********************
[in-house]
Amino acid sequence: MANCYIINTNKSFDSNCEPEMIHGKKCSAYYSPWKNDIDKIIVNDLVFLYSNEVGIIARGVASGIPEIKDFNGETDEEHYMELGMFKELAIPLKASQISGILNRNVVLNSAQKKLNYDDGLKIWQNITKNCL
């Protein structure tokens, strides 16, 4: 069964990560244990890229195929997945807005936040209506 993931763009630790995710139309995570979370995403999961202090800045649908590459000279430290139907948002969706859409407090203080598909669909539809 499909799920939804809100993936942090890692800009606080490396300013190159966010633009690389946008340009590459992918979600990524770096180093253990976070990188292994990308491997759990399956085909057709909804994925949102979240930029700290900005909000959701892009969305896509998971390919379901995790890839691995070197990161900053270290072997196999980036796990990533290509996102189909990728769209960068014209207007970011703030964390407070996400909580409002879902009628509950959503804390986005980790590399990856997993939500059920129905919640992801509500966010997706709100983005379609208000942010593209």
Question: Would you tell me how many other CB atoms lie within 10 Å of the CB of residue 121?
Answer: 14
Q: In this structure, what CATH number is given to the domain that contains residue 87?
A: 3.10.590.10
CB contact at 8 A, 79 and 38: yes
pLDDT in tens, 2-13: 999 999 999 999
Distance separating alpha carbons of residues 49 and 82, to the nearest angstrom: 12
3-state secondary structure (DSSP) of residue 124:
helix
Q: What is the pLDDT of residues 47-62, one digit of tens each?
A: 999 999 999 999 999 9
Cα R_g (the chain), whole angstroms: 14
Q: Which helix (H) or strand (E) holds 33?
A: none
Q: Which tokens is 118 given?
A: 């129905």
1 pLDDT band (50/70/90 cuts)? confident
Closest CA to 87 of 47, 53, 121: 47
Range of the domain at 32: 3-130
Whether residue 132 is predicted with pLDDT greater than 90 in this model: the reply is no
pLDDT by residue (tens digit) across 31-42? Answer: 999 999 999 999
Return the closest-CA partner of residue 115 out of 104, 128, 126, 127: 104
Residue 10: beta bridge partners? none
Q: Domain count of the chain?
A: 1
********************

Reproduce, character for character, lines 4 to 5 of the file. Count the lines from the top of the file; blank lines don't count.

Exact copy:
Question: Would you tell me how many other CB atoms lie within 10 Å of the CB of residue 121?
Answer: 14